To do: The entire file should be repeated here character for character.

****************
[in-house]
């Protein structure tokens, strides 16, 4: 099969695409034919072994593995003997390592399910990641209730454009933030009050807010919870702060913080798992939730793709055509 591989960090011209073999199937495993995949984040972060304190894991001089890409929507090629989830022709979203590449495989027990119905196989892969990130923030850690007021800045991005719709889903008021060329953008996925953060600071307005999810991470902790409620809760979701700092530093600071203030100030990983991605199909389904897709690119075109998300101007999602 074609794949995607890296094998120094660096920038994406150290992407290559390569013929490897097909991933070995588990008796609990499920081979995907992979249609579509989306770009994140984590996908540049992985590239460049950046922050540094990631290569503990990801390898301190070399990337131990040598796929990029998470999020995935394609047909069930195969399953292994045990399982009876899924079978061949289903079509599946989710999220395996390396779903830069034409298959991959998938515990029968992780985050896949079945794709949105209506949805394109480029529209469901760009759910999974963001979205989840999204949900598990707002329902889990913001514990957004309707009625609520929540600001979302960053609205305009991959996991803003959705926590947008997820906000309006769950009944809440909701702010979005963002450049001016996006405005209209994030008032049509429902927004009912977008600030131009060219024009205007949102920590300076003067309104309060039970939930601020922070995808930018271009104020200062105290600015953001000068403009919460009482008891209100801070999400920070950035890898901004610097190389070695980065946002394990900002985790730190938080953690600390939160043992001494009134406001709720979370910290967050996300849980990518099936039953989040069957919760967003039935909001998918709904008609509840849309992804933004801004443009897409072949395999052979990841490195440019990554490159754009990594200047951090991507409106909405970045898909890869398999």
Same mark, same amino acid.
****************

[in-house]
């Protein structure tokens, strides 16, 4: 099969695409034919072994593995003997390592399910990641209730454009933030009050807010919870702060913080798992939730793709055509 591989960090011209073999199937495993995949984040972060304190894991001089890409929507090629989830022709979203590449495989027990119905196989892969990130923030850690007021800045991005719709889903008021060329953008996925953060600071307005999810991470902790409620809760979701700092530093600071203030100030990983991605199909389904897709690119075109998300101007999602 074609794949995607890296094998120094660096920038994406150290992407290559390569013929490897097909991933070995588990008796609990499920081979995907992979249609579509989306770009994140984590996908540049992985590239460049950046922050540094990631290569503990990801390898301190070399990337131990040598796929990029998470999020995935394609047909069930195969399953292994045990399982009876899924079978061949289903079509599946989710999220395996390396779903830069034409298959991959998938515990029968992780985050896949079945794709949105209506949805394109480029529209469901760009759910999974963001979205989840999204949900598990707002329902889990913001514990957004309707009625609520929540600001979302960053609205305009991959996991803003959705926590947008997820906000309006769950009944809440909701702010979005963002450049001016996006405005209209994030008032049509429902927004009912977008600030131009060219024009205007949102920590300076003067309104309060039970939930601020922070995808930018271009104020200062105290600015953001000068403009919460009482008891209100801070999400920070950035890898901004610097190389070695980065946002394990900002985790730190938080953690600390939160043992001494009134406001709720979370910290967050996300849980990518099936039953989040069957919760967003039935909001998918709904008609509840849309992804933004801004443009897409072949395999052979990841490195440019990554490159754009990594200047951090991507409106909405970045898909890869398999």
Same mark, same amino acid.